What To Watch For: Saturday 8/9
The initial batch of preseason games are usually marked by how quickly the starters are pulled, or if they even play at all. Yet there is still useful information to be gleaned, and not just from the opening series. It’s our first opportunity to see rookies that were dutifully dissected all spring take the field as pros, and perhaps our last chance to see what those at the end of rosters can show before they’re ushered up to Canada. Most importantly this we are in the midst of the first relatively full slate of football games in over seven months. Enjoy!
Just try to pace yourself, and keep those Hot Takes lukewarm – at least for another week or so.
Browns at Lions (7:30pm – NFL Network)
Despite disappointment over Johnny Manziel not getting first team snaps, and Jordan Cameron sitting out, there will be plenty of intriguing Browns story lines. Besides, Manziel will get sufficient work with the starters this preseason, and there’s a non-zero chance that Brian Hoyer plays well enough to hold the job for a while. Ben Tate, Terrance West, and even Isaiah Crowell are essentially vying for playing time, despite starting from different depth chart levels. Their success will be impacted by how things shake out with an unsettled group at guard – an off-the-radar camp battle worth watching. Receivers to monitor closely include Andrew Hawkins, Charles Johnson, and Willie Snead – although they’re just the most interesting names in a crowded pool of candidates.
Even though head coach Jim Caldwell is being stone-faced about who will play, it’s doubtful that we see rookie first-round tight end Eric Ebron. He’s nursing…something. Hopefully it’s a hands transplant or a blockage removal. Calvin Johnson is a question as well, since he missed practice for personal reasons on Thursday. Keep an eye on how heavily new offensive coordinator Joe Lombardi utilizes his fullbacks – a common occurrence in New Orleans. Jed Collins logged 449 snaps (37%) last year with the Saints, and regularly was in for 40-plus percent of plays. He’s a traditional blocking fullback and is competing for the role in Detroit with the more versatile Montell Owens. Having a fullback on the field obviously limits the number of other fantasy relevant weapons seeing snaps. A closer look at Theo Riddick, and examination of what Ryan Broyles has left, will be items of note.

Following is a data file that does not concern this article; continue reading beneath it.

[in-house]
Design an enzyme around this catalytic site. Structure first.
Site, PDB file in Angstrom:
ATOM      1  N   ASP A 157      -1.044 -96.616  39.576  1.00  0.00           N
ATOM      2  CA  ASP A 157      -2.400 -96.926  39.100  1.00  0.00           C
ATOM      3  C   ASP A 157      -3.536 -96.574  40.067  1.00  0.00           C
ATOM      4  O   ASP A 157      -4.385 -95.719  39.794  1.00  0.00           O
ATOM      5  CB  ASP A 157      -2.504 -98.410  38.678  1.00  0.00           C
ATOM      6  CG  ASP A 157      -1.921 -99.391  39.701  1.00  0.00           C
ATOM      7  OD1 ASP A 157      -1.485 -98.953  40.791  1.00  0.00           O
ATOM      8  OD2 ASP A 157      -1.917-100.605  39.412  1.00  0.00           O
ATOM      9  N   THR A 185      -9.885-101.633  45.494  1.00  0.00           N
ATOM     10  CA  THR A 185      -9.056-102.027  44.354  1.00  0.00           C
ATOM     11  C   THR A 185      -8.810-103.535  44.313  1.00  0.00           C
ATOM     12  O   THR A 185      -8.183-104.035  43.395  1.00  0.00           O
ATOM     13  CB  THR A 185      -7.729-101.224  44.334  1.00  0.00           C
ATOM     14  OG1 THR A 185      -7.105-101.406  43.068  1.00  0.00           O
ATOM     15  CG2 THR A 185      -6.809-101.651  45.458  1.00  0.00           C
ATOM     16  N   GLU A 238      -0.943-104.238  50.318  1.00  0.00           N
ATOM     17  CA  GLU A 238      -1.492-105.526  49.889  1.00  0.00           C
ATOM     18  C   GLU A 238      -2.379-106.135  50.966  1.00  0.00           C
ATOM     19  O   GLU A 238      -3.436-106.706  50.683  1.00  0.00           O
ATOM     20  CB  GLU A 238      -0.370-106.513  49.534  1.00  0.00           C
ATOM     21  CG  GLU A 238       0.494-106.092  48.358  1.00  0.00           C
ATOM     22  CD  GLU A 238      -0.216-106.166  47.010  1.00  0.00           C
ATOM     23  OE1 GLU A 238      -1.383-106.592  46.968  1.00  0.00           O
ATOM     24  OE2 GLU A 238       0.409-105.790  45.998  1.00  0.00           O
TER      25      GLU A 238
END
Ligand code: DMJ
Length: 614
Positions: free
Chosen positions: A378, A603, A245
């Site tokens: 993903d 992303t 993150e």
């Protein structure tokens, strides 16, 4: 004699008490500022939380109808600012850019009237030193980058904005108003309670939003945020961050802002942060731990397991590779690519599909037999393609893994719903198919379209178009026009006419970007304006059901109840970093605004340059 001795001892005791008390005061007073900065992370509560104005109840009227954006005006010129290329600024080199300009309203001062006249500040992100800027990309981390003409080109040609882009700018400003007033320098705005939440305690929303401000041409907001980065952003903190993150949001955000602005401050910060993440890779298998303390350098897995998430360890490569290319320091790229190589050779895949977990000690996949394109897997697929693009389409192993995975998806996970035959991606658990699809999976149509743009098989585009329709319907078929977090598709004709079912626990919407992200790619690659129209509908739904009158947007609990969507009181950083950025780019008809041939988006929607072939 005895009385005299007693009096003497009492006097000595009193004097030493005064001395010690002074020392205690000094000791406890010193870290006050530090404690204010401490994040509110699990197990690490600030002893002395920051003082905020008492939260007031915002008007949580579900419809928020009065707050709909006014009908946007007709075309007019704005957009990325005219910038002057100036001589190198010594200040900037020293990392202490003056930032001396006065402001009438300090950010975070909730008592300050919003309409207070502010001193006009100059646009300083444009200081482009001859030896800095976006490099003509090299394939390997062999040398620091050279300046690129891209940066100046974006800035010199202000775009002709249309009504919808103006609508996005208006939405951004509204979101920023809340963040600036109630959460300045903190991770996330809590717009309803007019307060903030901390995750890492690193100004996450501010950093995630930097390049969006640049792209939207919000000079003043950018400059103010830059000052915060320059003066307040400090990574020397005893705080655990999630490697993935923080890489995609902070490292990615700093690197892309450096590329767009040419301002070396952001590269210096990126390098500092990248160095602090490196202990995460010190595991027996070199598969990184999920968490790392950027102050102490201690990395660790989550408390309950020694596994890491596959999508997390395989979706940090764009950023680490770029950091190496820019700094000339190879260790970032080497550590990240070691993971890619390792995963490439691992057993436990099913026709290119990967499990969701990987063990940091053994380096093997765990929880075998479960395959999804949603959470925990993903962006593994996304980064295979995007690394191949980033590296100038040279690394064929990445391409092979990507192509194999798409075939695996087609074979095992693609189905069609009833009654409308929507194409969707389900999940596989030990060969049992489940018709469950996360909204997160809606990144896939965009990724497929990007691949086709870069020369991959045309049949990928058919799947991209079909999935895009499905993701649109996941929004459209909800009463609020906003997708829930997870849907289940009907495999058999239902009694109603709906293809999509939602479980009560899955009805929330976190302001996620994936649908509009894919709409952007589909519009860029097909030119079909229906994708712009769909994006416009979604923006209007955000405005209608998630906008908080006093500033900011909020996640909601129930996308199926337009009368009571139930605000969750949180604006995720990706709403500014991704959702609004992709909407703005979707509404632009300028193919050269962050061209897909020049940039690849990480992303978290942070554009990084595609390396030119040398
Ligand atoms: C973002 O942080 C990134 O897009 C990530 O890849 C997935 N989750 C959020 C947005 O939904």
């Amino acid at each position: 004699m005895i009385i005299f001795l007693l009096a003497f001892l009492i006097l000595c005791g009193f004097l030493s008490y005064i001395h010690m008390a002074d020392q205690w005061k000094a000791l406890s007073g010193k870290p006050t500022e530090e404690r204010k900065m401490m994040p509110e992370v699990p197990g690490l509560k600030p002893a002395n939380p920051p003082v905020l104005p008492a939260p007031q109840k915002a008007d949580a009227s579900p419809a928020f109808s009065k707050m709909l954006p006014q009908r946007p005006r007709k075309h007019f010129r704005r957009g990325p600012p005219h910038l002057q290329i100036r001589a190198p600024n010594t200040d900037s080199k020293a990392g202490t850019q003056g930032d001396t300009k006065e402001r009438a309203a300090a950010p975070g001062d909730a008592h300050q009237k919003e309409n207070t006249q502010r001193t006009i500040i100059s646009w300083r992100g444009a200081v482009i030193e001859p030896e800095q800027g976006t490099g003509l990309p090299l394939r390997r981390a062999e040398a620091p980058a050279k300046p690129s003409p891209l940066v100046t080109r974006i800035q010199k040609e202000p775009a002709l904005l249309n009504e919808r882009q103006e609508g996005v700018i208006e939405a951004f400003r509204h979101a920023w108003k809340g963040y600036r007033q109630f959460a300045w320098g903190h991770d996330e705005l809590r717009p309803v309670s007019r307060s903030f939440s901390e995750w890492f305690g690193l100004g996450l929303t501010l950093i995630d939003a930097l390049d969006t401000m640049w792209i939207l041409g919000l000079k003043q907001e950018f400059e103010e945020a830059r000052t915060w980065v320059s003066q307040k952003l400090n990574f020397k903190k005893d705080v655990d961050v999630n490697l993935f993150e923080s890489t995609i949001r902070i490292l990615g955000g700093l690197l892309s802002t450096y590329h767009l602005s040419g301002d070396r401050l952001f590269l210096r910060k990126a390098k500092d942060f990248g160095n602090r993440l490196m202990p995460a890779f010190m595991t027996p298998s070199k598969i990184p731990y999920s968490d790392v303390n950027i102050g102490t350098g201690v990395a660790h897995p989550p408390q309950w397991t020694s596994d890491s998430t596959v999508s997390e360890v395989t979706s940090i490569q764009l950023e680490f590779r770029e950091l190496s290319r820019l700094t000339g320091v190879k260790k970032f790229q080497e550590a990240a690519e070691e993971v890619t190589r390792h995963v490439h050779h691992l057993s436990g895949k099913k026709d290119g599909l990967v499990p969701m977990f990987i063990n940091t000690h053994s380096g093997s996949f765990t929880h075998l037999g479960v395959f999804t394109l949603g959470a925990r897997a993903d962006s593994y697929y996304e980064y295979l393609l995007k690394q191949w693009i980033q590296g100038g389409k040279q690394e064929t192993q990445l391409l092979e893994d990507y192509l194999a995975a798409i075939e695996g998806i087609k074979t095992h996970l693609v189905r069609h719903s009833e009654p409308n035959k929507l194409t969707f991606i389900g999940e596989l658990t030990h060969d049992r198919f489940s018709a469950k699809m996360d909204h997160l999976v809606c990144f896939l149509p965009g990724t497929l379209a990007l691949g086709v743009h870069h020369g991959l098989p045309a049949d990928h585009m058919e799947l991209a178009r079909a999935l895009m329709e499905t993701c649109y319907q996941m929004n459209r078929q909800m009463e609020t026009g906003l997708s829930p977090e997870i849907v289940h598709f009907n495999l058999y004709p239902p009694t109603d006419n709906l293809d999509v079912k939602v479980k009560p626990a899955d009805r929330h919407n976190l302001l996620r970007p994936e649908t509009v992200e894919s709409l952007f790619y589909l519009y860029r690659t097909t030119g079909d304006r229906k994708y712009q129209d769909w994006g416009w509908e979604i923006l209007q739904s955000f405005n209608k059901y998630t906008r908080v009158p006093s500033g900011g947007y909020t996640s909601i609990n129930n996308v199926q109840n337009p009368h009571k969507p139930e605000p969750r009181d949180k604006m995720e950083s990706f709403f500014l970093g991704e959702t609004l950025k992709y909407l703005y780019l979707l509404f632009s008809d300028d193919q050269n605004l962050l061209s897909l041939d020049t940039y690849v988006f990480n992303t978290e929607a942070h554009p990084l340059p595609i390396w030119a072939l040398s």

Steelers at Giants
Pittsburgh has a number of players that are worth monitoring, but perhaps none more so than their physically impressive rookie wideout, Martavis Bryant. He’s been making big plays in practice of late, and will attempt to take the initial steps toward performance consistency in his first professional game. Also watch for 6-3, 207-pound receiver Justin Brown, who’s been getting some snaps in the slot where his size can cause matchup advantages. Quarterback Ben Roethlisberger’s burgeoning rapport with new starting wideout Markus Wheaton is a key story line, as is how creative the Steelers will be in deploying diminutive rookie speedster Dri Archer. They’ll probably save Le’Veon Bell’s bullets by limiting his preseason work, so check out how free agent import LeGarrette Blount runs behind a new offensive line.
It’s debatable if New York Giants hype-train darling Andre Williams can do anything to top his preseason opener, but it probably requires running directly over Ryan Shazier – and eating his soul. Either way, it will be good to see how he, and more importantly New York’s starting offensive line, does against a first-team defense. Hopefully the line holds up better than they did early in the first game and we can see Eli Manning execute more of Ben McAdoo’s new offense than some hurried throws to Rashad Jennings. New York will attempt to get him into better rhythm with Victor Cruz and Rueben Randle, and perhaps steady Jerrel Jernigan can grab a couple more passes before rookie Odell Beckham returns. With tight end Daniel Fells hobbled, look for any potential signs of life from Adrien Robinson.